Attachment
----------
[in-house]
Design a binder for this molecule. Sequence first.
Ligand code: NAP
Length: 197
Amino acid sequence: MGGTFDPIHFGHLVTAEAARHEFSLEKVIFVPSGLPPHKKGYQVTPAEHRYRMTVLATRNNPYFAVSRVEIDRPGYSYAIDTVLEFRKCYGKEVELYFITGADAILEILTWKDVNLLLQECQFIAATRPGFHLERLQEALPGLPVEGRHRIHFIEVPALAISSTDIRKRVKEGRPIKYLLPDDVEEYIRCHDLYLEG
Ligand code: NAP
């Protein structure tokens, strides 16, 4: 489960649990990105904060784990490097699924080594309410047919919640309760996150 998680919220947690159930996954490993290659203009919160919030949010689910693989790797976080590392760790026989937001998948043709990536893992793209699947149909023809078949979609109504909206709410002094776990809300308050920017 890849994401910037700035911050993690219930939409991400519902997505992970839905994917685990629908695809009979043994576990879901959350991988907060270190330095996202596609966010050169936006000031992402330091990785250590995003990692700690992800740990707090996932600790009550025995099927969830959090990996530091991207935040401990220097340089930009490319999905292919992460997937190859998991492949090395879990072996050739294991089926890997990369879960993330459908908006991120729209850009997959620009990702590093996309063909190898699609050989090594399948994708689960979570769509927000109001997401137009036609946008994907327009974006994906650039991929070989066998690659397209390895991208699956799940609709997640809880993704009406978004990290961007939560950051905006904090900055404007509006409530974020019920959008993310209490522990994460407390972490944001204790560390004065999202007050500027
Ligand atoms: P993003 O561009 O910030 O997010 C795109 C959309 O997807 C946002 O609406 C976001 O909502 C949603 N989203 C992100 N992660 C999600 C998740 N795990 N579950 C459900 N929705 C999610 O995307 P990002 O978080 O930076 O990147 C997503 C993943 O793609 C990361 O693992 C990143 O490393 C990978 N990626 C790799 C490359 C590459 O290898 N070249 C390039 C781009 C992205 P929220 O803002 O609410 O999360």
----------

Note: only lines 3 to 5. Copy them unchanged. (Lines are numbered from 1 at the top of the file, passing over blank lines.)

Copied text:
Ligand code: NAP
Length: 197
Amino acid sequence: MGGTFDPIHFGHLVTAEAARHEFSLEKVIFVPSGLPPHKKGYQVTPAEHRYRMTVLATRNNPYFAVSRVEIDRPGYSYAIDTVLEFRKCYGKEVELYFITGADAILEILTWKDVNLLLQECQFIAATRPGFHLERLQEALPGLPVEGRHRIHFIEVPALAISSTDIRKRVKEGRPIKYLLPDDVEEYIRCHDLYLEG